Muftic: Hiroshima and Donald Trump |

Muftic: Hiroshima and Donald Trump

Felicia Muftic
My View
Felicia Muftic
Courtesy Photo |

The President’s visit to Hiroshima last month, site of the first atomic bomb ever dropped, is a grim reminder of the consequences of nuclear war. So horrendous was the destruction and the pictures of those who survived, that after Nagasaki was nuked three days later, no more nuclear weapons have been used since 1945. The graphic videos shown around his visit of the consequences of nuclear weapons should remind us of the reasons why increasing that probability of such use is a formula for ours and others’ self-destruction since so many others have already acquired that retaliatory intercontinental capability. It is also a reminder of why Donald Trump’s proposal to arm Japan and South Korea with nuclear weapons and to cancel or try to renegotiate the Iran deal would open the dam to an arms race, especially in the Middle East.

For the post 1945 succeeding generations, most of the world pursued nuclear disarmament agreements to limit the ability to produce it and to get agreements with nations who did not yet have nuclear military capability to attain it. So long as rational leaders understand the consequences of the use of nuclear weapons, we may have a shot at preventing such catastrophes. North Korea is right now the exception and its leadership could be considered irrational.

Iran was knocking at the door with predictions it would be nuclear weaponized in three months. The nuclear disarmament agreement with Iran has been attacked by Pres. Obama’s domestic opponents as a bad one because it did not require Iran to cave in on its terrorist activities or to forswear attacking Israel. There was a great deal of doubt if Iran would comply in spite of the historically stringent verification measures in the agreement. So far it appears Iran has lived up to the requirements of the agreement.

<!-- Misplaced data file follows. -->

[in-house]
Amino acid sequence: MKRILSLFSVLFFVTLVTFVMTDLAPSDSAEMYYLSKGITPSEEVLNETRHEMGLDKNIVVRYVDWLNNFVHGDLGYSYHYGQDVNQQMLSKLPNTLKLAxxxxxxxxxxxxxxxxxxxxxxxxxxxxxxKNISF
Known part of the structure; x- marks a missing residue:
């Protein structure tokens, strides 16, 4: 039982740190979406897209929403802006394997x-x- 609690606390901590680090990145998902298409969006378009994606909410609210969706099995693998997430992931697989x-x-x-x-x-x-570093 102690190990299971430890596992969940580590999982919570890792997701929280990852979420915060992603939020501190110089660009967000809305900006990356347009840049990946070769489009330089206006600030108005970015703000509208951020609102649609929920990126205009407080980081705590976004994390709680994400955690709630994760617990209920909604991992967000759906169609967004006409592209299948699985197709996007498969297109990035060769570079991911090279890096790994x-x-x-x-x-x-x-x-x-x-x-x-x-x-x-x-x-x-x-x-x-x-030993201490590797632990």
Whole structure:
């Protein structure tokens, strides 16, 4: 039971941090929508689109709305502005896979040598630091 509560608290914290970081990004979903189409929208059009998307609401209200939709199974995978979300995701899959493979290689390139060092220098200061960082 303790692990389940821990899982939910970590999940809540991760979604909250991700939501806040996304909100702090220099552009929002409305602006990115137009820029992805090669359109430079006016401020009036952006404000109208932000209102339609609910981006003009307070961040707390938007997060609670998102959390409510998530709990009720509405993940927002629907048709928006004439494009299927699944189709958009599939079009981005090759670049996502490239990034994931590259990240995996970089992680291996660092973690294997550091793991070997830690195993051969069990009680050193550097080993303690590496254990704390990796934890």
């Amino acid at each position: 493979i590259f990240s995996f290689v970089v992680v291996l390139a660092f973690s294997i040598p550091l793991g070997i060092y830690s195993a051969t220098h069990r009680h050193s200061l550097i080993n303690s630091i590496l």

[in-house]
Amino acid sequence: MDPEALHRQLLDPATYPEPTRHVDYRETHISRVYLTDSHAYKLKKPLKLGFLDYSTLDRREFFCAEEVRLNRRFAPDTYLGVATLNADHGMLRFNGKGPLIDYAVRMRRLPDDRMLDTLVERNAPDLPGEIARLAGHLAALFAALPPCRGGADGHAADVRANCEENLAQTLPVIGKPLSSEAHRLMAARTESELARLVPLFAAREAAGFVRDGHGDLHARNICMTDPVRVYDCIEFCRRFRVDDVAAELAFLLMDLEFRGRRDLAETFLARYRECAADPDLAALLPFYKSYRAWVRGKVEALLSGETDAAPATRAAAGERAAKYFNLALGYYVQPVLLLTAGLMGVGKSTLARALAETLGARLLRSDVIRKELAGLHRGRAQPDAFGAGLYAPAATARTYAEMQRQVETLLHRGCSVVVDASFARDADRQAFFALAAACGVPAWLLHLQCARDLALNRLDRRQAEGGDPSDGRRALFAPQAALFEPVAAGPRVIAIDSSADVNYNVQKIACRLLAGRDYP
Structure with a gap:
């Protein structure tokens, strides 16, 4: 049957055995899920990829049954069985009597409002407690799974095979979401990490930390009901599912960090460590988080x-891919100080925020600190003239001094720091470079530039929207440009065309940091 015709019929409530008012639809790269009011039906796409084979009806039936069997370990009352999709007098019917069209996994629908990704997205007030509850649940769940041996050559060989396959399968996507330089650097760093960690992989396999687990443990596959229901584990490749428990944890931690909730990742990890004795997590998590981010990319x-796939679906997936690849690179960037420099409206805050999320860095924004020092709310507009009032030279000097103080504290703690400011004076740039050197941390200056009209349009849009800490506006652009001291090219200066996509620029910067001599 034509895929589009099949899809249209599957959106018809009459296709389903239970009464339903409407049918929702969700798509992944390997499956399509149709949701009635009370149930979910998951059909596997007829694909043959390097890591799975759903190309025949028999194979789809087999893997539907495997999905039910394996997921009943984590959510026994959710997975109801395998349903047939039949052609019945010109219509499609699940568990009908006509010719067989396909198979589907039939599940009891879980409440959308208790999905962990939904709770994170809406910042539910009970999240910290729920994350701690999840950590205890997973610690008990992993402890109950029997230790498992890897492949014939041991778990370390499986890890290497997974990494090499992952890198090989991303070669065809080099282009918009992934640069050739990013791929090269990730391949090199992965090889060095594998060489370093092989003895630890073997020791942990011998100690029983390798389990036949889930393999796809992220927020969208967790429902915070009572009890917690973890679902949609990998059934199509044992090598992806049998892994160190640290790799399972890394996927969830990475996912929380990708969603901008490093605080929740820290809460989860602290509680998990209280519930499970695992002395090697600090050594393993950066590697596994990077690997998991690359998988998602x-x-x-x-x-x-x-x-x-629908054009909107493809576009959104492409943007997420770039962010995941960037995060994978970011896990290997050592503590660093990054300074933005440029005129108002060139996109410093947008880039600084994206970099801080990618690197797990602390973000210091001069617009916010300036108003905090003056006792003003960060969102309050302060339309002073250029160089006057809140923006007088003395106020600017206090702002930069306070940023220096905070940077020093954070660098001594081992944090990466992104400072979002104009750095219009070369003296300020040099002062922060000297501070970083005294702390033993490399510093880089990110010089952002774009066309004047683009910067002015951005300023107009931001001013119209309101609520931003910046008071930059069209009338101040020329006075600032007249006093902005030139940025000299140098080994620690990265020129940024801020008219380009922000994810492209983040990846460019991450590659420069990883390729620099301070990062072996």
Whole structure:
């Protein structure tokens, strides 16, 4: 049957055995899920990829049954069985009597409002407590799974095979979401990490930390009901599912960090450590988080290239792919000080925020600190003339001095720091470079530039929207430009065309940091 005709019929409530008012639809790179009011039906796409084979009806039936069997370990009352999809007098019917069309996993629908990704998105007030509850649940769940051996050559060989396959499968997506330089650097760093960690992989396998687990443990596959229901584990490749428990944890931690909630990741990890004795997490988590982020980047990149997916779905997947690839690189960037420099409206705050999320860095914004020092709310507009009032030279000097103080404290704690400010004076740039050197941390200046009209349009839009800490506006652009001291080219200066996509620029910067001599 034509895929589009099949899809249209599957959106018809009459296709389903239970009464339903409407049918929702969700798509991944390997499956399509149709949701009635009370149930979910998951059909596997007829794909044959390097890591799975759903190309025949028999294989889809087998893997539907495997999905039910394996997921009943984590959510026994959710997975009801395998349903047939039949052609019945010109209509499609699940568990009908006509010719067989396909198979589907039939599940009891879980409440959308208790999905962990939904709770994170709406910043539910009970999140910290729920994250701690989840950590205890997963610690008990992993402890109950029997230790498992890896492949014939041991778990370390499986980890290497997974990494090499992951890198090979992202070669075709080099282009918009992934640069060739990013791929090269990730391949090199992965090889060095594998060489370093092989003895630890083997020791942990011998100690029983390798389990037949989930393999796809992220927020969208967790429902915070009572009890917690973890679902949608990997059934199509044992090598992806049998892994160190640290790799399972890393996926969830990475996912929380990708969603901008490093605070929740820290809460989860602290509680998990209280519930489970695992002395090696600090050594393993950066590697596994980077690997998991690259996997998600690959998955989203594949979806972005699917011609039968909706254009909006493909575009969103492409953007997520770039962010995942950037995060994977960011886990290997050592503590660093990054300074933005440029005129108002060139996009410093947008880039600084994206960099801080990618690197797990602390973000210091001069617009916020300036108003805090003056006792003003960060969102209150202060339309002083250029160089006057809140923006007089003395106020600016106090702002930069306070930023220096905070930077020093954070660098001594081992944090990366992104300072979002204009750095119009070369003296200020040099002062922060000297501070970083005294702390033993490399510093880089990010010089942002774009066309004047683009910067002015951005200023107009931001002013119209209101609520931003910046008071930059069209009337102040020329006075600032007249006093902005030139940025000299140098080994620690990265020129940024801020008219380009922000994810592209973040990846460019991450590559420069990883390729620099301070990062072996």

There is also fear that the more countries who have nuclear weapons, the easier it is to spread the capability to other countries who would have no scruples in using them. There is a direct line to North Korea from Pakistan’s rogue scientists. The fear is real. It has happened.

That same fear was the main rationale driving the United States to launch the attack on Iraq. WMD were never found. Use of small scale and nuclear weapons and primitive “dirty” bombs has fed current fears as well. What if the terrorists in Paris used a dirty bomb instead of automatic weapons? Many more would have been killed and injured.

US foreign policy has worked hard to keep the world safe from nuclear destruction. What Trump is proposing is an irrational break from our policies in effect since World War II. For those of us long in tooth remember the fear of a nuclear war in the Cold War, the drive to build back yard bunkers or drills in schools ducking under desks to survive a nuclear attack. In the Cuban missile crisis, I was tense sitting at my desk in New York City fearing that I might be vaporized. It was real to me but subsequent generations have no such memories thanks to nuclear disarmament agreements. The prospect of Donald Trump’s finger on the nuclear button and his nuclear proliferating foreign policy is personally frightening.

For more, visit

Support Local Journalism

Support Local Journalism

The Sky-Hi News strives to deliver powerful stories that spark emotion and focus on the place we live.

Over the past year, contributions from readers like you helped to fund some of our most important reporting, including coverage of the East Troublesome Fire.

If you value local journalism, consider making a contribution to our newsroom in support of the work we do.